Lisbon : The Middle East Quartet has given its backing to US President George W. Bush's proposal to launch talks in the autumn on the construction of a Palestinian state.
United Nations (UN) Secretary General Ban Ki-moon Thursday announced the outcome of a two-hour meeting here.
The grouping of the US, UN, European Union (EU) and Russia also expressed support for Palestinian Authority President Mahmoud Abbas, who is in the middle of a confrontation with the rival Islamic militant movement Hamas.
The Quartet urged Israel and the Palestinians to adopt measures to increase mutual confidence and to work toward lasting peace in the region, with a Palestinian state coexisting with Israel and other neighbours.
The international conference proposed by Bush would constitute an important step toward peace, the Quartet said.
The list of participants was still open, US Secretary of State Condoleezza Rice pointed out, adding that they should accept agreements establishing the foundations of the two-state solution.
The meeting hosted by the Portuguese EU presidency brought together Ban, Rice, EU foreign policy chief Javier Solana, EU External Relations Commissioner Benita Ferrero-Waldner, Russian Foreign Minister Sergei Lavrov as well as the Quartet's new envoy, former British prime minister Tony Blair.
Blair said that he was "very satisfied" with being tasked to achieve the construction of a Palestinian state that could talk to Israel on an equal footing, but that he would not offer proposals until September.
Several European countries have sought a strong role for Blair, whose mandate is limited to boosting the Palestinian infrastructure and economy, but the US does not want Blair to become an intermediary who might negotiate with Hamas.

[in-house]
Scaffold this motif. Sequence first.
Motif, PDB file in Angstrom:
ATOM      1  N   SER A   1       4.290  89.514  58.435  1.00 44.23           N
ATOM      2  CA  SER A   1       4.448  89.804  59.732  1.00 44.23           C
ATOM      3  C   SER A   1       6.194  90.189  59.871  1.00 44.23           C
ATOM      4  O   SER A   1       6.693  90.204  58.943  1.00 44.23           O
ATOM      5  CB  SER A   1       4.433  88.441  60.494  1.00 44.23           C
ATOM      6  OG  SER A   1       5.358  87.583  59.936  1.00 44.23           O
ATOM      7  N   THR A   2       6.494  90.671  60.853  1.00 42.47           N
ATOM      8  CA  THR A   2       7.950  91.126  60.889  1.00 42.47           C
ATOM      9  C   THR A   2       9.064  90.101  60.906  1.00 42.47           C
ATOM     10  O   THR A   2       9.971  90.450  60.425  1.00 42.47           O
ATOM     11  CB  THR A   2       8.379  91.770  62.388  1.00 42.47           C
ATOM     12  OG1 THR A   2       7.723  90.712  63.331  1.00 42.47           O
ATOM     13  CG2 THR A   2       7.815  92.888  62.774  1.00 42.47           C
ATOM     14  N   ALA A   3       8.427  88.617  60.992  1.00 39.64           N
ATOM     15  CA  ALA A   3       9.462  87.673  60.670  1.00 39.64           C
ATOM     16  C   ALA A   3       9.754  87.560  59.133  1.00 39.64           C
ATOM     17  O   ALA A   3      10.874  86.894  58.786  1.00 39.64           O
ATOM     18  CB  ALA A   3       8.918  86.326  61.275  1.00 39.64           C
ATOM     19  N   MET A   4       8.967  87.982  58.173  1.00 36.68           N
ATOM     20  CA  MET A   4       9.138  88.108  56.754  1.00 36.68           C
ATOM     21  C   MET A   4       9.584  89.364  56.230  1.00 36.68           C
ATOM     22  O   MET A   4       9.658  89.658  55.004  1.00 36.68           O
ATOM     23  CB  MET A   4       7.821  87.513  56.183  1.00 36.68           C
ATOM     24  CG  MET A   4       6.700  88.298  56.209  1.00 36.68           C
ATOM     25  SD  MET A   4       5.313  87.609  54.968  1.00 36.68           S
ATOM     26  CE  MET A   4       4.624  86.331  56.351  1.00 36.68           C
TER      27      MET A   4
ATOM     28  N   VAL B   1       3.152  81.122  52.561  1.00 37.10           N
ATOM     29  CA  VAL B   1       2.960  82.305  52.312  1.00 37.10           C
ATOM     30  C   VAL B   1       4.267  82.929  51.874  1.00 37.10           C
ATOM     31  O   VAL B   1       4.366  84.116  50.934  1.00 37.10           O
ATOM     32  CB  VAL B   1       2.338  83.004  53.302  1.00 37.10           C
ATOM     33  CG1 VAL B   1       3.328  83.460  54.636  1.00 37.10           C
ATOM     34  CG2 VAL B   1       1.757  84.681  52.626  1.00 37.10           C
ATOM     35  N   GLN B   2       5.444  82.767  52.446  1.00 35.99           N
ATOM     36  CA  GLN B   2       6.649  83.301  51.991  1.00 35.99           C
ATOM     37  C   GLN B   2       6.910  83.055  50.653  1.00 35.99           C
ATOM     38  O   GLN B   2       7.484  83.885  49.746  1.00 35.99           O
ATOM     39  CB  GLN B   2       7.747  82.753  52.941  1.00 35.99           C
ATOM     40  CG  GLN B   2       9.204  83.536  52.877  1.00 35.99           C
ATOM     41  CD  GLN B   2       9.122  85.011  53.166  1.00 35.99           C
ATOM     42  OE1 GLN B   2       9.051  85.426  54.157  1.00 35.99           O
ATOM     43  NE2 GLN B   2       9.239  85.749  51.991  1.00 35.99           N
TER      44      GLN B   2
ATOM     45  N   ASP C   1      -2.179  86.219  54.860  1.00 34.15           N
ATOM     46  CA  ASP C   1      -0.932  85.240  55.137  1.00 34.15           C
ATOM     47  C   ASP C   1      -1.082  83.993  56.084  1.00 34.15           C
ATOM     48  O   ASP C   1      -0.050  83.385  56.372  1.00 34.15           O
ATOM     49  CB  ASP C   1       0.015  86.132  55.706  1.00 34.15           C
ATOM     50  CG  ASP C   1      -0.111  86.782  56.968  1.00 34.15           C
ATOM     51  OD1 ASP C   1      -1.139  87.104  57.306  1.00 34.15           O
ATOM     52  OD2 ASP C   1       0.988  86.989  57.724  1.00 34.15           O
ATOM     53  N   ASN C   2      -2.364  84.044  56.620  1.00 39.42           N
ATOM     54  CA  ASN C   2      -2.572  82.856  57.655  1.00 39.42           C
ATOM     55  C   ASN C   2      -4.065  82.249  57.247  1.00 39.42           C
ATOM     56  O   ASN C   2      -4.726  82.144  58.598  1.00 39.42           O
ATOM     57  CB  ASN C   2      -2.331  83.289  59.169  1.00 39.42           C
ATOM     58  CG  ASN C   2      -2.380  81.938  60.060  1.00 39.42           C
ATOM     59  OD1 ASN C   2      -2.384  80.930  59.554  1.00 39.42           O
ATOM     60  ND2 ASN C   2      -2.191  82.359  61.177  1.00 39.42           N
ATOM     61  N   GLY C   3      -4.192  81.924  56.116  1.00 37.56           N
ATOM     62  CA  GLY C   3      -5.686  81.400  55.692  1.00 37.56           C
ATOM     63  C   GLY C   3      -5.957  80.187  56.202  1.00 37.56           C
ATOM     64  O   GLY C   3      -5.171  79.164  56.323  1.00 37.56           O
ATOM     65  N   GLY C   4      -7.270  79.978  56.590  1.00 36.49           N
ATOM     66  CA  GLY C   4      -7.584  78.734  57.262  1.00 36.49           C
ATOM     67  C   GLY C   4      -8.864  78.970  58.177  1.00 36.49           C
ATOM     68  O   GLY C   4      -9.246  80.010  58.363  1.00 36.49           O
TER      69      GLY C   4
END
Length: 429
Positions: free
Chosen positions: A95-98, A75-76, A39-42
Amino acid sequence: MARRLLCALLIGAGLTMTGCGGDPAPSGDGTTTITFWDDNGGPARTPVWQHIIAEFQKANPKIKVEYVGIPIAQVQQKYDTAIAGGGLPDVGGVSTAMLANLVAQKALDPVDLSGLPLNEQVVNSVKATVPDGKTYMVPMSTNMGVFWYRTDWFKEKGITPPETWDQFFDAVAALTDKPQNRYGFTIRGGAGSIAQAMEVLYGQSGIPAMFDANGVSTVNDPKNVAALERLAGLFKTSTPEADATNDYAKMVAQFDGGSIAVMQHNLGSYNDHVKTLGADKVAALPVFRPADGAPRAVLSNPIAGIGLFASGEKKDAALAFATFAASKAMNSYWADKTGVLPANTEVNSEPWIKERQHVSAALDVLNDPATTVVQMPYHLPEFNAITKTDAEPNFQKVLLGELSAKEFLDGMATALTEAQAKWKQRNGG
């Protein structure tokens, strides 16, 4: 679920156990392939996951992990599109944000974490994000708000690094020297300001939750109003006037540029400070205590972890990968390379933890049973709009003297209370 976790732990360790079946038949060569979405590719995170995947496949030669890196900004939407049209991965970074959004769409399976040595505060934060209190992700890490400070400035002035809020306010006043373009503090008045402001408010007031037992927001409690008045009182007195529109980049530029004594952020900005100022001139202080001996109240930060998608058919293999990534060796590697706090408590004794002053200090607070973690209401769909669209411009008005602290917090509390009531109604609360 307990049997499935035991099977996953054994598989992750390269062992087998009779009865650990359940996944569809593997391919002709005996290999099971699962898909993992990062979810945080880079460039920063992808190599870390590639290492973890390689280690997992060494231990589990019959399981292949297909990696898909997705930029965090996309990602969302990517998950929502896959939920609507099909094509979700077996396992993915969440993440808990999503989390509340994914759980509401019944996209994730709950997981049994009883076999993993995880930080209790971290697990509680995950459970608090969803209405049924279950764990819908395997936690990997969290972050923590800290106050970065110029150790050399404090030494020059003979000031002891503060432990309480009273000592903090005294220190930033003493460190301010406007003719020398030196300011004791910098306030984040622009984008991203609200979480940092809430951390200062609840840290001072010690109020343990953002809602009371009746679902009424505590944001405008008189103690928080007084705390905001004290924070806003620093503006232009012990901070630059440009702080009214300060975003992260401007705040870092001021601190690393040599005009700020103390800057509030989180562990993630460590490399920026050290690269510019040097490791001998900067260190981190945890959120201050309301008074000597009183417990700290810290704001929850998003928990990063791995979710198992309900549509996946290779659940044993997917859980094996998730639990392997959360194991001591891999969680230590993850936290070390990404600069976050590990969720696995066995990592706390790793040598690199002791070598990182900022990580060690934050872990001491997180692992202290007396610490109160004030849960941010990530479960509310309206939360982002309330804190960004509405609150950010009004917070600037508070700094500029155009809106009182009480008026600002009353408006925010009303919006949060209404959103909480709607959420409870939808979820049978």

Portuguese Prime Minister Jose Socrates said that the Quartet had "relaunched" the peace process in a meeting marking a turning point in the Middle East.
Socrates expressed confidence that Blair would bring "new dynamism" to the Quartet and to international peace efforts.
Speaking after talks earlier Thursday with Portuguese Foreign Minister Luis Amado, Rice described Abbas as an "excellent partner" for the international community and as the elected Palestinian president who had the authority to negotiate.
Rice said that Hamas had isolated itself internationally, placing itself outside international norms such as renouncing violence and accepting Israel's right to exist.
Amado also said he did not see the EU relating to Hamas, adding that the union had decided to support Abbas and the Palestinian Authority.
Portugal mounted one of its biggest security operations ever around the meeting, though the number of participating police and soldiers was not given for "security reasons".